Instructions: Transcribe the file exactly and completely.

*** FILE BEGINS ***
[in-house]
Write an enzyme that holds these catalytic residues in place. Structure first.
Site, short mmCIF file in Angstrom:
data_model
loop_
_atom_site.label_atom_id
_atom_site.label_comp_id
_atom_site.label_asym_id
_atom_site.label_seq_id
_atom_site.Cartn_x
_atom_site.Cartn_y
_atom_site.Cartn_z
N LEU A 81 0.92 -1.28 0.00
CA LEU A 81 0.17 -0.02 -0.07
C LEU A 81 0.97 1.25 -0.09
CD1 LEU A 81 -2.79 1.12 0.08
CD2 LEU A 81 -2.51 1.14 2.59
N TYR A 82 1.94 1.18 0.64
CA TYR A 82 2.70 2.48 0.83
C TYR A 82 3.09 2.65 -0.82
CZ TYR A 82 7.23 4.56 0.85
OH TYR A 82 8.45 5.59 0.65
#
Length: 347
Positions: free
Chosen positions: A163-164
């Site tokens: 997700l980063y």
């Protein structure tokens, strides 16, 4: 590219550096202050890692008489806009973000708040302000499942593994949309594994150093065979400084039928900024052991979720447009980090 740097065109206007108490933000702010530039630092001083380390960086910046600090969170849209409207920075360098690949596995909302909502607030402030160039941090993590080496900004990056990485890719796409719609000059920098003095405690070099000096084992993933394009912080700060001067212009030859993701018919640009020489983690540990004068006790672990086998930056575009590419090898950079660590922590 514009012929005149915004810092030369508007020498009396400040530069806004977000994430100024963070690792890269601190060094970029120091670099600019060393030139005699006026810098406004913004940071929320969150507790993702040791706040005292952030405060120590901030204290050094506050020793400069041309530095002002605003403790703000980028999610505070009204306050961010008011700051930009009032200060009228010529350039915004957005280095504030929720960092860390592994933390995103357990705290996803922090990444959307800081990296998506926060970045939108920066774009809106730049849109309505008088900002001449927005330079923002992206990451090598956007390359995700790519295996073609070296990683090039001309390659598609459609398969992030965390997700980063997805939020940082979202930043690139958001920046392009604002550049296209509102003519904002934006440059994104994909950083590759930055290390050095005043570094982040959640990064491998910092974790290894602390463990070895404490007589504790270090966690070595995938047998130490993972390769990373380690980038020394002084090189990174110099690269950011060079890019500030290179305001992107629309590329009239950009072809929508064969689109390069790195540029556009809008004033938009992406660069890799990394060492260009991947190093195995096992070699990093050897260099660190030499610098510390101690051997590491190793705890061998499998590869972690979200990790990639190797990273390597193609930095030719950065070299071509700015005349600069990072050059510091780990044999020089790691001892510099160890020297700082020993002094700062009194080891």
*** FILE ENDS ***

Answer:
[in-house]
Write an enzyme that holds these catalytic residues in place. Structure first.
Site, short mmCIF file in Angstrom:
data_model
loop_
_atom_site.label_atom_id
_atom_site.label_comp_id
_atom_site.label_asym_id
_atom_site.label_seq_id
_atom_site.Cartn_x
_atom_site.Cartn_y
_atom_site.Cartn_z
N LEU A 81 0.92 -1.28 0.00
CA LEU A 81 0.17 -0.02 -0.07
C LEU A 81 0.97 1.25 -0.09
CD1 LEU A 81 -2.79 1.12 0.08
CD2 LEU A 81 -2.51 1.14 2.59
N TYR A 82 1.94 1.18 0.64
CA TYR A 82 2.70 2.48 0.83
C TYR A 82 3.09 2.65 -0.82
CZ TYR A 82 7.23 4.56 0.85
OH TYR A 82 8.45 5.59 0.65
#
Length: 347
Positions: free
Chosen positions: A163-164
């Site tokens: 997700l980063y």
């Protein structure tokens, strides 16, 4: 590219550096202050890692008489806009973000708040302000499942593994949309594994150093065979400084039928900024052991979720447009980090 740097065109206007108490933000702010530039630092001083380390960086910046600090969170849209409207920075360098690949596995909302909502607030402030160039941090993590080496900004990056990485890719796409719609000059920098003095405690070099000096084992993933394009912080700060001067212009030859993701018919640009020489983690540990004068006790672990086998930056575009590419090898950079660590922590 514009012929005149915004810092030369508007020498009396400040530069806004977000994430100024963070690792890269601190060094970029120091670099600019060393030139005699006026810098406004913004940071929320969150507790993702040791706040005292952030405060120590901030204290050094506050020793400069041309530095002002605003403790703000980028999610505070009204306050961010008011700051930009009032200060009228010529350039915004957005280095504030929720960092860390592994933390995103357990705290996803922090990444959307800081990296998506926060970045939108920066774009809106730049849109309505008088900002001449927005330079923002992206990451090598956007390359995700790519295996073609070296990683090039001309390659598609459609398969992030965390997700980063997805939020940082979202930043690139958001920046392009604002550049296209509102003519904002934006440059994104994909950083590759930055290390050095005043570094982040959640990064491998910092974790290894602390463990070895404490007589504790270090966690070595995938047998130490993972390769990373380690980038020394002084090189990174110099690269950011060079890019500030290179305001992107629309590329009239950009072809929508064969689109390069790195540029556009809008004033938009992406660069890799990394060492260009991947190093195995096992070699990093050897260099660190030499610098510390101690051997590491190793705890061998499998590869972690979200990790990639190797990273390597193609930095030719950065070299071509700015005349600069990072050059510091780990044999020089790691001892510099160890020297700082020993002094700062009194080891």